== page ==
Hearts Beat as One
A break finally came for U2 in 1983 when their third album,
"War," hit number one in the United Kingdom. U2 now
had enough fan support to tour in Europe and the United States,
proving that "War" was a success. The album ranked
#221 in Rolling Stone Magazine's 500 Greatest Albums
"War" was a new musical twist for U2, described by
Bono to be "like graffiti." The sound was different,
and the first guest vocals, The Coconuts, were featured on the
album in two songs. In addition to having a new sound, "War"
was the first album to speak out on major issues, and thus the
first album geared toward political ideas.
Certain songs dealt with certain issues; "Sunday Bloody
Sunday", which became the band's signature song, addressed
the Northern Ireland situation. It refers to the events of "Bloody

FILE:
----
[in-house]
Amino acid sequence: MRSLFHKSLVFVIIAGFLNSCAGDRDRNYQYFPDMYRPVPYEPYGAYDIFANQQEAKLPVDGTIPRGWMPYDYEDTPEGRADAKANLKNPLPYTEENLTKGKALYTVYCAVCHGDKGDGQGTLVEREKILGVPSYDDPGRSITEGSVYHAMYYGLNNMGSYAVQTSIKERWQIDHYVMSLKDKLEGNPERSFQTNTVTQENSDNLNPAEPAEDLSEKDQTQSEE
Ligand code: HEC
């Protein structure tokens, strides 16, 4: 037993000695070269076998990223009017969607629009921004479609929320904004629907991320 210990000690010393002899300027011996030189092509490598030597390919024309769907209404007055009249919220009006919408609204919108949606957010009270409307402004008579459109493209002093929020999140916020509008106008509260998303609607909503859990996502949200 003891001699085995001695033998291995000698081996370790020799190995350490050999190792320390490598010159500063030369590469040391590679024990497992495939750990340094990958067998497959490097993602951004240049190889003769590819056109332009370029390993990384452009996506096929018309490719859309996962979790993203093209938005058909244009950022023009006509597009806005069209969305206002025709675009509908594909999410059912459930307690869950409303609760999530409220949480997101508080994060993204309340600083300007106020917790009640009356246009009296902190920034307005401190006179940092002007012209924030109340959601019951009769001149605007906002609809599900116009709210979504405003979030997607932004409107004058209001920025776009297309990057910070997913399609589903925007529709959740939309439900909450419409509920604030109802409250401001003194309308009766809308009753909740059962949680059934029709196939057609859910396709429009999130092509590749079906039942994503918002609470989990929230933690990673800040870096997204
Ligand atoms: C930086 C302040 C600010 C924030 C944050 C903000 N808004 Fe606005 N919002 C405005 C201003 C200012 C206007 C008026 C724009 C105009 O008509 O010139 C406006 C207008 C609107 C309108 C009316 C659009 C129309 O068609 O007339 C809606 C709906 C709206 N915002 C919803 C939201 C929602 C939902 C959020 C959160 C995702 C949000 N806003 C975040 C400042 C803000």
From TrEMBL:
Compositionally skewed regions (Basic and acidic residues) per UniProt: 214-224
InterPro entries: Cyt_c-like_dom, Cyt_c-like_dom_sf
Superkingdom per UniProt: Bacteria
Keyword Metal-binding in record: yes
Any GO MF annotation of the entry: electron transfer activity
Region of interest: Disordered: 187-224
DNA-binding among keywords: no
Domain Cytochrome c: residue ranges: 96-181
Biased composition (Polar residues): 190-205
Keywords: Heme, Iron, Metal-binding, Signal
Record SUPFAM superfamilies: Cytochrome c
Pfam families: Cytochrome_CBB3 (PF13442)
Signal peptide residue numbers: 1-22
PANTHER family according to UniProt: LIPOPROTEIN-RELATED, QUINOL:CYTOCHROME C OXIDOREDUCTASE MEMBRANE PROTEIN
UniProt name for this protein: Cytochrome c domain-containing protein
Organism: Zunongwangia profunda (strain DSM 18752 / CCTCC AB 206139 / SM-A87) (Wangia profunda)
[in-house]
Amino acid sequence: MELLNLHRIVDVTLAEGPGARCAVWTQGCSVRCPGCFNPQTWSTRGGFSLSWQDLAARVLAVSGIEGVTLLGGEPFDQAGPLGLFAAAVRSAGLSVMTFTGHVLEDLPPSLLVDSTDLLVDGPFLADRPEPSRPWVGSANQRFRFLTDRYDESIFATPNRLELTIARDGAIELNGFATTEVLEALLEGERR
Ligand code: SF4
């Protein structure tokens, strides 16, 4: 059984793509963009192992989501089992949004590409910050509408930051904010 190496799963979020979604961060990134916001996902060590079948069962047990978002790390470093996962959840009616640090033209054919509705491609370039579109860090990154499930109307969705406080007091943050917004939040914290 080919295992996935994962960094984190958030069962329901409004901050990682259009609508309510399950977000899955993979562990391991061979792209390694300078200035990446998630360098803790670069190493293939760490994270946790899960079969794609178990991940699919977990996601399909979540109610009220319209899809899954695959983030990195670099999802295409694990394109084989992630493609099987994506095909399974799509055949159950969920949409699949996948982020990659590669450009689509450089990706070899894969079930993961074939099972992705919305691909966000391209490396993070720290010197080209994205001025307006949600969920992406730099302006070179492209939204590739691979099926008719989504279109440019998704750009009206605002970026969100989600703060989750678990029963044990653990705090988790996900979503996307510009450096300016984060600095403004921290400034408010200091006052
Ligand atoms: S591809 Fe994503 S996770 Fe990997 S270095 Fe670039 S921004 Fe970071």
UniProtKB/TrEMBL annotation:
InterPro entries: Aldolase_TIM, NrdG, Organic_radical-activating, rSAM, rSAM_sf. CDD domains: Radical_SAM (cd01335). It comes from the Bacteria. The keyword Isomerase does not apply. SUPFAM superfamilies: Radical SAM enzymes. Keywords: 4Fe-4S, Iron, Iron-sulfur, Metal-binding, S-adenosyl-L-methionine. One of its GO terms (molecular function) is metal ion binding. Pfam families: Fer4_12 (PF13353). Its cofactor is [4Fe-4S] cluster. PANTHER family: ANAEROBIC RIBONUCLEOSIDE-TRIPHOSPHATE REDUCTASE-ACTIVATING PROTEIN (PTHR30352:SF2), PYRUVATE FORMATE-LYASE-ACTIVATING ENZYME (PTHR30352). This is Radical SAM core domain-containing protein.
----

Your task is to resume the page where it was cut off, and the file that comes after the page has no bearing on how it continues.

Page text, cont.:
Sunday" in 1920 and 1972, days of violence and massacre
in Irish history . The song ranked #7 in the U.S. Mainstream
Rock Tracks in 1983. The album also includes songs about nuclear
weapons trades and prostitution. Some songs, like "New Year's
Day," are a combination of political issues and love songs to
bring a balance to the album.
The boy on the cover of their first album was also featured
on the cover of their third album. This time, the boy depicted
was more aggressive U2 was not only older but also not as innocent
and pure as before.